So inevitably, a post about autumn is going to be a post about food and cookbooks, too. Two of my favourite cookbooks are The French Market Cookbook by Clotilde Dusoulier and Small Plates & Sweet Treats by Aran Goyoaga. One of the facts that I like about these two cookbooks is that the recipes are divided into sections according to the four seasons. I'm already deep into the autumn chapters at the moment.

Just yesterday, Clotilde's book inspired me to put together a delicious salad. Her recipe called for grated carrot and beet root. I added grated cheese (I used a local cheese but next time I'll use goat cheese because it would fit better), fresh figs, and honey-mustard dressing. The combination of flavors was delicious. I served it with Aran's Focaccia with heirloom cherry tomatoes.

Aran's book is great if you're gluten intolerant. None of us are so I mostly use more common flours instead of the ones she suggests (because those are incredibly difficult to find here), but the recipes never disappoint even so. There's a certain freshness and simplicity in her food and I love that.

We have a few warm, even hot days ahead of us still this weekend. Despite that, we're well on our way into autumn. I'm already planning to go hunting for mushrooms. Every weekend, we go on bike rides and on the way we pick blackberries and eat them until our teeth and tongues are black with their juices. In a month, we'll pick grapes in our vineyard, and a month after that there'll be persimmon. 

I believe time flows more slowly in autumn. Or perhaps it just seems so because we stop more often to enjoy the smells and sights in nature. It's a period of reflection, and despite nature slowly shutting down for winter, I think autumn is also a time of creation. Vacation is over, school starts again, we return to work and start on new projects. The third draft of my PhD awaits me in the coming months. Another round of edits of my YA novel, too. New inspiration, new projects. Food always features heavily in everything I write. Autumn, too.

Friday, June 26, 2015

Interview with Helene Boudreau

Interview with Hélène Boudreau

Hélène Boudreau is a Canadian author of young adult and middle grade fiction and non-fiction books. Her best known work is the middle grade novel Acadian star, a time-traveling adventure about the Acadian Deportation in the 1700s. Apart from having four more fiction books for children coming out in the next two years, she’s also a painter known for beautiful maritime motifs.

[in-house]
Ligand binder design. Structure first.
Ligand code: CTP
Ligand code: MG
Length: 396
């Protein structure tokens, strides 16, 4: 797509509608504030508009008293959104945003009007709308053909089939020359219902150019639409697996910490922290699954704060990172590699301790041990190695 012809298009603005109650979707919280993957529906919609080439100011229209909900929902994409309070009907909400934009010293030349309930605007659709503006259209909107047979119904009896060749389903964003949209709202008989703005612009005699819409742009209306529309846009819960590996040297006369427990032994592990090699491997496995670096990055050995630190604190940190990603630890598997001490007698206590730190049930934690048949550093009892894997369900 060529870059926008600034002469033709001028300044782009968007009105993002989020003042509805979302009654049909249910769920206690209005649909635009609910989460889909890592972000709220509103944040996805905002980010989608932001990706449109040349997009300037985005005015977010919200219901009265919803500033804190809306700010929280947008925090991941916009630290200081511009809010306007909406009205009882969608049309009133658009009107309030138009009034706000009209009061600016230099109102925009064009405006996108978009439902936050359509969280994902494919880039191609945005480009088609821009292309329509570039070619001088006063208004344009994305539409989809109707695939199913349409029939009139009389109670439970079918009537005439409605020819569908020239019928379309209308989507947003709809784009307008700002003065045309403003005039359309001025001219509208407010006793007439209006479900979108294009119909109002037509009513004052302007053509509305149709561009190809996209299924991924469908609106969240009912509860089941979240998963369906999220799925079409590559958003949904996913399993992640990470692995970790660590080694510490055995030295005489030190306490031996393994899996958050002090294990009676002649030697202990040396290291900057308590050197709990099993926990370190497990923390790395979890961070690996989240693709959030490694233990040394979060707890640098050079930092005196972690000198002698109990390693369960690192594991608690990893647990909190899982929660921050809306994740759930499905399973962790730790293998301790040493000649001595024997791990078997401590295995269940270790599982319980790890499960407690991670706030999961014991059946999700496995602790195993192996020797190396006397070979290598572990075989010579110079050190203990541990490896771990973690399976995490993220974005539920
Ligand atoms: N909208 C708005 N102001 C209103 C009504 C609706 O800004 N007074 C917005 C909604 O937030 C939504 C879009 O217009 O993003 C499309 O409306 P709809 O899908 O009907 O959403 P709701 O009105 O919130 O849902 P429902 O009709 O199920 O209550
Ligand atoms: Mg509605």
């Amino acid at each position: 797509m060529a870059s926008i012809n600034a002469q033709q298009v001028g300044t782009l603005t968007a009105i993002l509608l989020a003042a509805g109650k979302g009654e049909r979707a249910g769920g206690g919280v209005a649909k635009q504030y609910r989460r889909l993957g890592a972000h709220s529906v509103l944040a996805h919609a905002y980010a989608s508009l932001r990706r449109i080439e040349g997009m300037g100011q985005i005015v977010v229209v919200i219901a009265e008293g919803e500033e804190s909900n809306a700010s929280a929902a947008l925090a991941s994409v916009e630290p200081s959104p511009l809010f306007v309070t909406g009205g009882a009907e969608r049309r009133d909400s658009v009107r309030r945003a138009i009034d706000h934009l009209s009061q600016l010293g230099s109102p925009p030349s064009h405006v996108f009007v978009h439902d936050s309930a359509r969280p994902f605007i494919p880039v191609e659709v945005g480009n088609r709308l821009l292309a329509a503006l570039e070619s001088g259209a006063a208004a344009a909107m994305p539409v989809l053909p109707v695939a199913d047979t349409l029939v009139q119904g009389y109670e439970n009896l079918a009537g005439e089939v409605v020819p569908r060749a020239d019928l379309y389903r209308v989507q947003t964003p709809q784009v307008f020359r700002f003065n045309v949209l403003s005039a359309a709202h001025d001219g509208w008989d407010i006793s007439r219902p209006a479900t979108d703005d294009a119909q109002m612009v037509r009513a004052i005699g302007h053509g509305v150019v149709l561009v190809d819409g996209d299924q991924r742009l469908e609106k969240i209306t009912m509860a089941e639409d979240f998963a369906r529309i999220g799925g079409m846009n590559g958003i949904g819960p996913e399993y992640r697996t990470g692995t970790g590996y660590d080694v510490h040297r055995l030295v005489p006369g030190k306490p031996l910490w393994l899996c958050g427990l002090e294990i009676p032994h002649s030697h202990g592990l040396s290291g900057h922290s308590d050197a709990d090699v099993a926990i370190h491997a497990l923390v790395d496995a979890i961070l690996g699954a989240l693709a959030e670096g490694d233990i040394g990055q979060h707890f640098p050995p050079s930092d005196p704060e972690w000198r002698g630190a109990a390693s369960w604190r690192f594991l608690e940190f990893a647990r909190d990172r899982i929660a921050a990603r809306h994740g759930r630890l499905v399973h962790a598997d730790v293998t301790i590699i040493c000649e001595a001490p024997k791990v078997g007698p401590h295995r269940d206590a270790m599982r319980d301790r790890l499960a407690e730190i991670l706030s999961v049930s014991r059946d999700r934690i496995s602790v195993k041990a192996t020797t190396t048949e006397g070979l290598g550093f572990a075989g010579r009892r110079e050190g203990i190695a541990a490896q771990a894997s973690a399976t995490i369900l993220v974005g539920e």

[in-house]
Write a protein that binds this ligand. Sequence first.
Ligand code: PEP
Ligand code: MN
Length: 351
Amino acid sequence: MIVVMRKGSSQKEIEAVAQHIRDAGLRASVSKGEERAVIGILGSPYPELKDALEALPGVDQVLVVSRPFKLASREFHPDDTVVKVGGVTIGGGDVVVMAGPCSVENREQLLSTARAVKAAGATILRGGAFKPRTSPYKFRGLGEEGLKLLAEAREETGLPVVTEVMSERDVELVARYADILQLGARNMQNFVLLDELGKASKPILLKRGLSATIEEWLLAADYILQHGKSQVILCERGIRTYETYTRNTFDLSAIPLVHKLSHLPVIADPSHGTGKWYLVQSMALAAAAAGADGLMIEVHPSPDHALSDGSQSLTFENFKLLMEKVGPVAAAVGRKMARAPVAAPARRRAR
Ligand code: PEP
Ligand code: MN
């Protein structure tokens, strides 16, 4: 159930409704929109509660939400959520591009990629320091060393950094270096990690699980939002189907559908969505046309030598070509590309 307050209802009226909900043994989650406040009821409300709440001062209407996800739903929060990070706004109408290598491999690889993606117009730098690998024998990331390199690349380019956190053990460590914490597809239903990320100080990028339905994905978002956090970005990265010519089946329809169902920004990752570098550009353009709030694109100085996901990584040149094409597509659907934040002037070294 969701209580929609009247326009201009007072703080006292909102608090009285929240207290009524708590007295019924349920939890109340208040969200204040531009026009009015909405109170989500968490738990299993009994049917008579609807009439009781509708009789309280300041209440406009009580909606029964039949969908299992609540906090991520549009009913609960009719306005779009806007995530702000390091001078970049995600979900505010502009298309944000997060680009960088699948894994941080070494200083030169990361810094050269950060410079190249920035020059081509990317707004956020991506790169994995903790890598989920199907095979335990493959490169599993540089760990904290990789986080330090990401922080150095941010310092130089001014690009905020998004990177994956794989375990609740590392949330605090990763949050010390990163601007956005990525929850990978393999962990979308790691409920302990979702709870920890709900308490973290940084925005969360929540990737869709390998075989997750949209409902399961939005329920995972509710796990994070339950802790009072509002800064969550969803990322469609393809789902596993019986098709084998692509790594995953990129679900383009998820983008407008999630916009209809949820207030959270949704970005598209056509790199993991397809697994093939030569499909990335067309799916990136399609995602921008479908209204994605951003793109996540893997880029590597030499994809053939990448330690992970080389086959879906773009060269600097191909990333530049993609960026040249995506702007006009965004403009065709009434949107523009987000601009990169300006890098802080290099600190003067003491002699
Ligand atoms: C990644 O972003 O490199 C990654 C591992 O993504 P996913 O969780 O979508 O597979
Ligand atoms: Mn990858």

How did you start writing? Was it a conscious decision or did it just happen?

I can’t remember a time when I didn’t want to be a writer but ‘wanting’ is far different from ‘doing’. I always seemed to have an excuse for not writing. First there was university then jobs, kids, etc. When would I ever find time to write? Writing just never seemed to fit in with the plan.

About five years ago, though, I had a toddler and a one year-old at home and was trying to decide whether to return to my old job or to find work I could do from home when a friend asked ‘What about your writing?’

Totally busted.

Someone was finally taking me to task and making me responsible for ‘doing’ instead of just ‘wanting’. That’s when I realized it wasn’t a matter of finding time but rather making time to write. So now, I try to live by the wise words of the great Yoda ‘Do or do not. There is no try.’

You write young adult and middle grade books. Have you always wanted to write books for children? Would you ever consider writing a novel in any other genre? 

Whenever I imagined myself writing, it was always as a children’s writer. The great thing about children’s writing is that I get to write in all sorts of genres already, so I never feel stifled, creativity-wise.

My first novel, ACADIAN STAR, is a middle grade time-travel adventure. I also have five non-fiction books for kids which are mostly science related. My upcoming early chapter book is a mystery. Next fall, I have a contemporary fantasy novel coming out and a humorous picture book the year after that.

I feel pretty spoiled that I get flex my writing muscles in so many different ways. I don’t rule out ever writing an adult book but for now I love the challenge and diversity of children’s writing.